Copy your sheet onto the 2nd page and remove the two middle columns. Now as you go you can sort your NPC’s alphabetically while continually adding to them. You also have a handy source document you can share with your players. The other nice benefit is less lost time trying to explain fantasy name spellings and or dealing with a players notes on a NPC being spelled differently from your own. You also have a nice handy list of your secret notes vs what the PC’s and general public know. As the game goes along your players can add notes to the “page 2” version. This really helps me keep track of what the players know versus what I know.
    Another tip for running consistent NPC’s is keeping one simple question in mind for every single one.
    What’s his/her/its problem?
    This really helps me stay on track with NPCs even after their problems change. I’m just trying to remember one thing, the problem that character has, also called their motivation. Even the most complex of motivations is pretty easy to decide what that NPC will do in a given situation but more importantly it allows me to maintain consistency with those characters actions.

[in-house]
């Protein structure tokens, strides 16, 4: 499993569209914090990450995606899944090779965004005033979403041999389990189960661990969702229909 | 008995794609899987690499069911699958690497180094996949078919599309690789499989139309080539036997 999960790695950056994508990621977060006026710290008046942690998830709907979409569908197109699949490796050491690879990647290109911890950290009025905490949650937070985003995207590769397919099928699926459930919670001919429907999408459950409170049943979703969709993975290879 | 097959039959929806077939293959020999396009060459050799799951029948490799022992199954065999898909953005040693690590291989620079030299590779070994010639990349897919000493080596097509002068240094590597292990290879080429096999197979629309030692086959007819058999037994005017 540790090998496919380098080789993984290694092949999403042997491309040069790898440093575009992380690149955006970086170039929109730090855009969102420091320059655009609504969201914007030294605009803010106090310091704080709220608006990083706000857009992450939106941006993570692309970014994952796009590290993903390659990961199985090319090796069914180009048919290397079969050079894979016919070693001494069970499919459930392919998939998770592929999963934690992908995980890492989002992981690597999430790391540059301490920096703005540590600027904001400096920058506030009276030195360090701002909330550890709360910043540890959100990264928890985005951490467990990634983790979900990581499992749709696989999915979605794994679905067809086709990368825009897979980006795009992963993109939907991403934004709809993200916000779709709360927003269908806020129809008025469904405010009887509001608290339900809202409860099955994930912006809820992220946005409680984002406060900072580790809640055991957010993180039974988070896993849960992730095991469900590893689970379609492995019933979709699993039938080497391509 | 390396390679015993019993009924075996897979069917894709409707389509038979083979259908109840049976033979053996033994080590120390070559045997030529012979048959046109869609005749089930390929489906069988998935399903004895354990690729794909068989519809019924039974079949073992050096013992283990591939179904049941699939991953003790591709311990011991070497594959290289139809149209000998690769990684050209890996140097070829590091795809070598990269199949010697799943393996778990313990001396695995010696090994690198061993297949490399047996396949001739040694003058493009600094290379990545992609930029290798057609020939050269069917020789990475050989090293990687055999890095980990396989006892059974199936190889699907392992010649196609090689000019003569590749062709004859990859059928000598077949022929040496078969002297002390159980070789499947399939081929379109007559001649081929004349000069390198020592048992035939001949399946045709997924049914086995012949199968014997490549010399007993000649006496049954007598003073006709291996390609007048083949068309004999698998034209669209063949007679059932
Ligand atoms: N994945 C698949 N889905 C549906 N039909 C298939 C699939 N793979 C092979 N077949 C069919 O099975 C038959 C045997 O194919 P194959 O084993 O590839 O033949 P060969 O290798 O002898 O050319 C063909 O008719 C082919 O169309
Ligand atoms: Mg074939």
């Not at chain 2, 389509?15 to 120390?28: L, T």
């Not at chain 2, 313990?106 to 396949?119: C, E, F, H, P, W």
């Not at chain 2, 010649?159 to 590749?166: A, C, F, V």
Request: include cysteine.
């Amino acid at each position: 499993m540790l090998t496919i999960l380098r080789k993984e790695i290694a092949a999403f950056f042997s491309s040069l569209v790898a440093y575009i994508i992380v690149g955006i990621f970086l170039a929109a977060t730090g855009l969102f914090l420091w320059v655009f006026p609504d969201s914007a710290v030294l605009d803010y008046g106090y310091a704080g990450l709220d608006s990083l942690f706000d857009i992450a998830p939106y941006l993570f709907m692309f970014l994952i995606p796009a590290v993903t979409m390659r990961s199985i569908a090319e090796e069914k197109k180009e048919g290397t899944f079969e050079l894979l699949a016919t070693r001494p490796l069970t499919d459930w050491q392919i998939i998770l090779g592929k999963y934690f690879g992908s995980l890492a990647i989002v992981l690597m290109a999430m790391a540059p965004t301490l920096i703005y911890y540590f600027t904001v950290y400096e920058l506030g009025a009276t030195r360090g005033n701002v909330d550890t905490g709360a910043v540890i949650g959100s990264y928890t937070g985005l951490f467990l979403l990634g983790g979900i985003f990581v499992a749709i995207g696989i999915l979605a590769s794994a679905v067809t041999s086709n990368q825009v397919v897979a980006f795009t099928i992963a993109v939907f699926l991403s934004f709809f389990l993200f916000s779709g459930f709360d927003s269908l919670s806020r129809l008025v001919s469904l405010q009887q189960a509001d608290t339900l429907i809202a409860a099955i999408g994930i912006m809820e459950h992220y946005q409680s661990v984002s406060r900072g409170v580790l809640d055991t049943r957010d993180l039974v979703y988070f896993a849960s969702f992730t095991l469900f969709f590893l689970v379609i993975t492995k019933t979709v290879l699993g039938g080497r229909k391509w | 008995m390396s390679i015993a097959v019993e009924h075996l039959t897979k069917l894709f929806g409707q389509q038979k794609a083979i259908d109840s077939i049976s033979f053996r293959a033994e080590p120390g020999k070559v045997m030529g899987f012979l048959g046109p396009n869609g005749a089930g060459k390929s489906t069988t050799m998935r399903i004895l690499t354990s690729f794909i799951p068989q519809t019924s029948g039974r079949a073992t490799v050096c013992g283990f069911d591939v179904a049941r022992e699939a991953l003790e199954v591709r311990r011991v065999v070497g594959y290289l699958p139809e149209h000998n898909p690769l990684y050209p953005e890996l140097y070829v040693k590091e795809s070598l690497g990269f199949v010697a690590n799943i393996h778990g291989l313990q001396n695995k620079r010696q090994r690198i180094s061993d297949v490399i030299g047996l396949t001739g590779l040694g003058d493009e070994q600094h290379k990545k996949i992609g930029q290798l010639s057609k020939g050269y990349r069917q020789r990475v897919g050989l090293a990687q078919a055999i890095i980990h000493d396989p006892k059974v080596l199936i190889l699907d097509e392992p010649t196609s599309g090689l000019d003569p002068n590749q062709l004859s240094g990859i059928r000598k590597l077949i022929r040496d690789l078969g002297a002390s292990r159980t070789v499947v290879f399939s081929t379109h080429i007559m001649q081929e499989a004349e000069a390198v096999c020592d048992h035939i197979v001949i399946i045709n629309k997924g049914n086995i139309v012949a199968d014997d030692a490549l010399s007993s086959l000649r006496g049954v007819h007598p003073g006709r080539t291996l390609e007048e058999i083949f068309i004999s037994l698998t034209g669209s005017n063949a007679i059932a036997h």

2. ive started to use the pomodoro technique for prep, as i tend to over engineer everything, and it keeps me more on track

  3. Your last point ,”Prepare Only What You Must”, has been a great guideline for me. Instead of trying to get EVERYTHING done before the first session, only preparing what I will actually need has really freed up my time. Thanks!

  4. Great article! Though, I’m not sure why anyone would actually write out stat blocks, when there are so many books filled with them. If I want to create a new monster, I will find one in the monster manual that is similar and just change the description. I can usually do this right at the table.

  5. Since picking up 5e I have been running a number of the hardcover adventures. I enjoy the storylines and they have been really good so far.

    To prepare I have started making a spread sheet that has 3 parts.

    1. Encounter summary, this includes xp, and treasure. Usually only 1 line per room or encounter.

    2. Encounter monsters with hit points, with space below to run the encounter. This about 15 per row and 5 rows per page. I go back and forth between rolling hp and using the listed hp.

    3. The last page are tent cards I designed to go on my dm screen for initiative order. These tent cards have attacks, damage, ac, and initiative. I pre roll initiative for each encounter and write it on the card.